When director Alfonso CuarÃ³n was promoting his stunning, apocalyptic "Children of Men" late last year, he said in at least one interview that the movie was not science fiction, but a chase thriller with sociological overtones. CuarÃ³n's position was similar to that of P.D. James, author of the novel on which the film was based. James, an esteemed mystery writer who made her first foray into writing about the future with her novel "The Children of Men," ruffled the feathers of other science-fiction writers by distancing herself from them. "P.D. James won few friends in the [sci-fi] community by whining about how her serious book wasn't science fiction, all the while rewriting an old Brian Aldiss novel, "Greybeard," says British author and film critic Kim Newman.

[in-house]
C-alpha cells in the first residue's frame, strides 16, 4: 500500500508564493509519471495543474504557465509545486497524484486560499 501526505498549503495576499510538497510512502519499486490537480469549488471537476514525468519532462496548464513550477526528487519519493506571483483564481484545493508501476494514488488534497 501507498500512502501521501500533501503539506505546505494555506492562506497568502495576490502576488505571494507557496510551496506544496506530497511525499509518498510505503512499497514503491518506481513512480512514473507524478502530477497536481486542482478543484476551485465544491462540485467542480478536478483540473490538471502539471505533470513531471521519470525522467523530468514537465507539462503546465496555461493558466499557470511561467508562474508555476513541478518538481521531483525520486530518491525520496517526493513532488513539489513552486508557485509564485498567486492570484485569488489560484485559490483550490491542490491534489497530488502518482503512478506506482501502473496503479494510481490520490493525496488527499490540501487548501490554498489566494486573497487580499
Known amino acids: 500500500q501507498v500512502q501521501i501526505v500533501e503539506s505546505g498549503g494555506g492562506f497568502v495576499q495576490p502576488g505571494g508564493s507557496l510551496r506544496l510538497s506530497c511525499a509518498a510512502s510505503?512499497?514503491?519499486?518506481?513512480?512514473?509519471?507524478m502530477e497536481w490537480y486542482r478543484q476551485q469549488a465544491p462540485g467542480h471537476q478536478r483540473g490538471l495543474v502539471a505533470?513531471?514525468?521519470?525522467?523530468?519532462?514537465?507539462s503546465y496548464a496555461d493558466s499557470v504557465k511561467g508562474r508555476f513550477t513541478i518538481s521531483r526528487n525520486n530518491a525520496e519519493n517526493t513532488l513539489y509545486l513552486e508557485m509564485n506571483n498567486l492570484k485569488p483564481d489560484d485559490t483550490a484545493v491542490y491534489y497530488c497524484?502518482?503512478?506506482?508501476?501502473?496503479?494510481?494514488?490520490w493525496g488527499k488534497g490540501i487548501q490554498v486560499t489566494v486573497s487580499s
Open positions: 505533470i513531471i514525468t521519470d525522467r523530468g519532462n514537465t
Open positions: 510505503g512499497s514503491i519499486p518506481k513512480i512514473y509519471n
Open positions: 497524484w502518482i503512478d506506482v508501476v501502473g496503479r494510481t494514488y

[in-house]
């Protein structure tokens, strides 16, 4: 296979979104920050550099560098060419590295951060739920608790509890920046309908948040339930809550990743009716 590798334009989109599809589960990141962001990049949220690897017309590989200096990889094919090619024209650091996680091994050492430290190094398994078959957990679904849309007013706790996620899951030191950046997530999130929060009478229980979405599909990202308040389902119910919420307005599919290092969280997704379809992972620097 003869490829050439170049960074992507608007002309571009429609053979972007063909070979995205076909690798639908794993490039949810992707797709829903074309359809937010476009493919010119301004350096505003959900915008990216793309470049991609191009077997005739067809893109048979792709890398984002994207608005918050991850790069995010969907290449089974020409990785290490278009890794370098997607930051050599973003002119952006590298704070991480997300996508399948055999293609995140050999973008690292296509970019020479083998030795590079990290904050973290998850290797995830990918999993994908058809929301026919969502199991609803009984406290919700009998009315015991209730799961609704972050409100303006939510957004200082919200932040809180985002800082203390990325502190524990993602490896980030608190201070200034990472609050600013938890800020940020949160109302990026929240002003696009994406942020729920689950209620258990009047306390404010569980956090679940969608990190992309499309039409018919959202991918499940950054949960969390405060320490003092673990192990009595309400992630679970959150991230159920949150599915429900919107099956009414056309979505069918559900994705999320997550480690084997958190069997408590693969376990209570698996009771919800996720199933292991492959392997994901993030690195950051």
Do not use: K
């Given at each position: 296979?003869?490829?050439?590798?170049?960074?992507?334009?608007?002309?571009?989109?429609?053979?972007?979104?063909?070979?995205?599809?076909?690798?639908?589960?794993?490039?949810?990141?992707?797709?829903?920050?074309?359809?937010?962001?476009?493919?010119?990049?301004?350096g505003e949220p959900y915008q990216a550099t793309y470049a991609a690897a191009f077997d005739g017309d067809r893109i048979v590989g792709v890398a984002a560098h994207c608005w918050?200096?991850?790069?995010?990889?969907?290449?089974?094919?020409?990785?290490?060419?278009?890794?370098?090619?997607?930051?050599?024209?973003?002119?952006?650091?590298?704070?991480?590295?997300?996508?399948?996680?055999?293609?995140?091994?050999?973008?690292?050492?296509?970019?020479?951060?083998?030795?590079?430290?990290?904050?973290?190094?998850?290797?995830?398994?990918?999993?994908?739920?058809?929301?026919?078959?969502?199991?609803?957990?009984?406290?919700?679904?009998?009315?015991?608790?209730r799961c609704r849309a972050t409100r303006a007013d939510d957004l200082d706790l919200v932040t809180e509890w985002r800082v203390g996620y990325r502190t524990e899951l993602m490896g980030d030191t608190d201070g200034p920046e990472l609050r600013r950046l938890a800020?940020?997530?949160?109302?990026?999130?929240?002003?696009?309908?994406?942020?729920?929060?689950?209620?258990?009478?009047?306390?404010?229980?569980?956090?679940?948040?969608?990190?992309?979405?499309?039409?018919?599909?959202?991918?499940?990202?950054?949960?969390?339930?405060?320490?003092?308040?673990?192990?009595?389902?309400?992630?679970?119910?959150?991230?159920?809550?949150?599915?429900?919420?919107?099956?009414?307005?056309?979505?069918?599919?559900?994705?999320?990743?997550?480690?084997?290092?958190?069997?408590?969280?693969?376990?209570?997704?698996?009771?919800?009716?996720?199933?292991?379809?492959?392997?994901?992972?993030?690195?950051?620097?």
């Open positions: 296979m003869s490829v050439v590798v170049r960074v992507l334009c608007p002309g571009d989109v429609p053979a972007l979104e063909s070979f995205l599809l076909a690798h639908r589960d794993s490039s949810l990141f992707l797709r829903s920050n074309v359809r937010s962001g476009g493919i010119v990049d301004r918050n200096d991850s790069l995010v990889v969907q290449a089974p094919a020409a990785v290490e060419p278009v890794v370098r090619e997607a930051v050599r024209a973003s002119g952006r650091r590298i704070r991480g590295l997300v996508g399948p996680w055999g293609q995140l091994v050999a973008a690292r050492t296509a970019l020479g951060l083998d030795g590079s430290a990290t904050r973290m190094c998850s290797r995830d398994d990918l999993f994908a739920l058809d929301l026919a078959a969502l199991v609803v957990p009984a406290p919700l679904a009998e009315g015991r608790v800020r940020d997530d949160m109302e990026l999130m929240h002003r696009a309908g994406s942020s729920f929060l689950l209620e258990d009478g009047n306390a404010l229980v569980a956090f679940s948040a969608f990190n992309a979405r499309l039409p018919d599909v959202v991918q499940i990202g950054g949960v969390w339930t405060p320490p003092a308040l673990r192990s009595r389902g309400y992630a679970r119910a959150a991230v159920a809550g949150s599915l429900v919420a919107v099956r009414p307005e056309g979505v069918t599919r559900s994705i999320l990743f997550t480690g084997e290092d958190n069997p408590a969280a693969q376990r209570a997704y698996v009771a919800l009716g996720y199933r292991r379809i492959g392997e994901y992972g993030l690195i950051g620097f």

One interesting note is that no one ever is ashamed of the 'fantasy' label. Cuaron didn't desperately try to avoid Harry Potter being called fantasy. It seems an inferiority complex that is almost unique to the genre...
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